Article from the Journal of the American Medical Association (Jama) – Correlation Between Telomere Length and Bad Things… Article Synopsis – Conclusion In this study population, there was a statistically significant inverse relationship between telomere length and your health -“bad things happen when telomeres get short.”.
Diane Sawyer ABC News Video – Blood Test Determines Telomere Length and Potential Life Span.
Article from the Penny Sleuth Newsletter, Jan 6, 2011. – Why Anti-Aging Could Breed the Next Batch of Billionaires! – Article Synopsis – Andrews has teamed up with natural mineral, herb and botanical expert John Anderson, the founder of Isagenix, to screen natural products. Anderson owns rights for many natural substances and is providing Sierra Science with molecules that are “generally recognized as safe” (GRAS).
Article from the American Journal of Clinical Nutrition – Article Synopsis – Associations between diet, lifestyle factors, and telomere length in women. -Some very interesting conclusions can be drawn from this article on Telomeres, some you might expect, others may surprise you.
Article from The Independence Science – The £400 test that tells you how long you’ll live. – Article Synopsis – There is a blood test that reveals your current telomeres length and thus your expected life span. Scientists behind the test said it will be possible to tell whether a person’s “biological age”, as measured by the length of their telomeres, is older or younger than their actual chronological age. Medical researchers believe that telomere testing will become widespread within the next five or 10 years.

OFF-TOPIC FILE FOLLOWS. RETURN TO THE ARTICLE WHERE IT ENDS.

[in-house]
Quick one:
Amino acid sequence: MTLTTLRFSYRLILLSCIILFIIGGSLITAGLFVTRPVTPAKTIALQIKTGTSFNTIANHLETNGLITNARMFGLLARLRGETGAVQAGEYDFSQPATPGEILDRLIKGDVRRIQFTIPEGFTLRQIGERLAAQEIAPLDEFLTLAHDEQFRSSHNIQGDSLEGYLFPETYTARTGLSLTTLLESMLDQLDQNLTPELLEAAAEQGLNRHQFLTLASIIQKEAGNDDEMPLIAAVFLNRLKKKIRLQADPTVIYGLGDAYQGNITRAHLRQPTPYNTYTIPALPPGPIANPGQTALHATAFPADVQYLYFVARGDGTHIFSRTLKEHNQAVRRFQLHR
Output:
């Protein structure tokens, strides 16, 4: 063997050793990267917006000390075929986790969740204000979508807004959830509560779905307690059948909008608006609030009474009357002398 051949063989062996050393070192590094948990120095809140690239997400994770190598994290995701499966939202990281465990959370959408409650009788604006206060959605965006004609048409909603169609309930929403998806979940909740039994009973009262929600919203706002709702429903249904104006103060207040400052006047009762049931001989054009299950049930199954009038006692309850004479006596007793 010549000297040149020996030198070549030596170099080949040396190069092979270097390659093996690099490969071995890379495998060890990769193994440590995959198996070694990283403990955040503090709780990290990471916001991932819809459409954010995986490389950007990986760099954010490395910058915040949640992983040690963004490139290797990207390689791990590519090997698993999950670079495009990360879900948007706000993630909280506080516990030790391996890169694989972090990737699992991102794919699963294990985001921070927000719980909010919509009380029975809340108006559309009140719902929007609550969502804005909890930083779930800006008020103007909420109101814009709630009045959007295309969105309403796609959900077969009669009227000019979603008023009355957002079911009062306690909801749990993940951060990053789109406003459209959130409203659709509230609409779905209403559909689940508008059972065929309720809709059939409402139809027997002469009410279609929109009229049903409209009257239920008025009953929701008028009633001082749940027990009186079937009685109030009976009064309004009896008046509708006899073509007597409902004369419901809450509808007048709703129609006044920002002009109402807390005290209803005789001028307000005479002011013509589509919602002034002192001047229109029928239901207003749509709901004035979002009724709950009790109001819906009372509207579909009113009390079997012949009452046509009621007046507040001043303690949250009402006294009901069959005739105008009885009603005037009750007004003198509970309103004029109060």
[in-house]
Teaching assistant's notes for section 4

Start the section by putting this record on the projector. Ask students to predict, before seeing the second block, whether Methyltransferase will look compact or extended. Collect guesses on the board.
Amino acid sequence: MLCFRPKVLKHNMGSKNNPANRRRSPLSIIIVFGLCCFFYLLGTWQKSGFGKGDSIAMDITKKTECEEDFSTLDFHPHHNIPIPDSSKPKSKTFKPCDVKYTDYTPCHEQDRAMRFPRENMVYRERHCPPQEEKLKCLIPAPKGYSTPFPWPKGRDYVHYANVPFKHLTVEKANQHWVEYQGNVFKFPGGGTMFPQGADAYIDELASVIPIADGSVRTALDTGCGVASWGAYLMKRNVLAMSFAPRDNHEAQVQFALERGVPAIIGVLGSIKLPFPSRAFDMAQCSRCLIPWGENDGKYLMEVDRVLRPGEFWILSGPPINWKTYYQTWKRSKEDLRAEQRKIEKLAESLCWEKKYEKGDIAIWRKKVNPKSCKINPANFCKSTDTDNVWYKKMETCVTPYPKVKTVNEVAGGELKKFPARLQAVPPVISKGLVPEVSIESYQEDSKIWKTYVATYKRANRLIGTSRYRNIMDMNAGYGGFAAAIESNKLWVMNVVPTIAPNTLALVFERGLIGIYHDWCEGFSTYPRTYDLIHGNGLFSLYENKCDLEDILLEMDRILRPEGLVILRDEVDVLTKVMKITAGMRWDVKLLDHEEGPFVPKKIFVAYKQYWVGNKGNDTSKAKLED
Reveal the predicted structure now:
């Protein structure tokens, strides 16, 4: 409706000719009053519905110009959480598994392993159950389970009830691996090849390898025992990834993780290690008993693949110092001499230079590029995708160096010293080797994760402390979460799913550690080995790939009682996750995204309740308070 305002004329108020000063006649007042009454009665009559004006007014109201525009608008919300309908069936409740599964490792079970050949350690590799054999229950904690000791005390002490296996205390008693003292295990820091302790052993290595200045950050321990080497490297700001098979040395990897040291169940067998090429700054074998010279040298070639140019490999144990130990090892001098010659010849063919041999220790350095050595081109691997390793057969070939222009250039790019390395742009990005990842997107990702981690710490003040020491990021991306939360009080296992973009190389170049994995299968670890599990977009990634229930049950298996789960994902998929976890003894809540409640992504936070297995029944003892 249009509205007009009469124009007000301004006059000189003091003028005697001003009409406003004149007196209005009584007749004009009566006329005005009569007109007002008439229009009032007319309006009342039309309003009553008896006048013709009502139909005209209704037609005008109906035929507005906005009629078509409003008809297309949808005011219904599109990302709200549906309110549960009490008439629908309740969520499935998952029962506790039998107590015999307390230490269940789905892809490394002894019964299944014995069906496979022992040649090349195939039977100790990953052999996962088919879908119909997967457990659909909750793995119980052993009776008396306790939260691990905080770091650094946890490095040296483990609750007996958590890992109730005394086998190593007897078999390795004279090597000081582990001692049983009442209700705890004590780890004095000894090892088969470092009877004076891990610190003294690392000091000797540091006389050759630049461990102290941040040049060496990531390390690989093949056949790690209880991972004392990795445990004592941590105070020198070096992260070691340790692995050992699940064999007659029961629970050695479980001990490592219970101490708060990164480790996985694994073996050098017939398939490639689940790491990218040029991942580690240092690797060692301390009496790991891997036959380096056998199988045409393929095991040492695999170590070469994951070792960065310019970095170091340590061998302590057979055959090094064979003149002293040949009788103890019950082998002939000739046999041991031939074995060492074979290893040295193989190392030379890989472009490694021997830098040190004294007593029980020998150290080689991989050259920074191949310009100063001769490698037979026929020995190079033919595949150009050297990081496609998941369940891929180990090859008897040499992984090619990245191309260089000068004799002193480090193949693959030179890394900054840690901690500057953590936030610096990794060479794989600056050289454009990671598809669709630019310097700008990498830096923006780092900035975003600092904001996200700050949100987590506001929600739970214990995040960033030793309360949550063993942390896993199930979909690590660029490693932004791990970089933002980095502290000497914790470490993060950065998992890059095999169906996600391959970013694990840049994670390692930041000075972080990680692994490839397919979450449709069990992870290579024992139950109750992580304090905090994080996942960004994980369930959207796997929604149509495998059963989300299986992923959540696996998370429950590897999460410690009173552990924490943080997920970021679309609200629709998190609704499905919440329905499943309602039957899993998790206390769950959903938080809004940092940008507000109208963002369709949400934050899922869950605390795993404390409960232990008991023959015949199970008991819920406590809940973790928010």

In the early 1970s, Russian theorist Alexei Olovnikov first recognized that chromosomes could not completely replicate their ends. Olovnikov suggested that DNA sequences are lost every time a cell/DNA replicates until the loss reaches a critical level, at which point cell division ends.
Elizabeth Blackburn, Carol Greider, and Jack Szostak were awarded the 2009 Nobel Prize in Physiology or Medicine for the discovery of how chromosomes are protected by telomeres and the enzyme telomerase.
Telomeres at the end of DNA prevent the chromosome from growing shorter during replications (with loss of genetic information) by employing “telomerases” to synthesize DNA at the chromosome terminal.
Telomere length varies greatly between species, from approximately 300 base pairs in yeast to many kilobases in humans, and usually is composed of arrays of guanine-rich, six- to eight-base-pair-long repeats.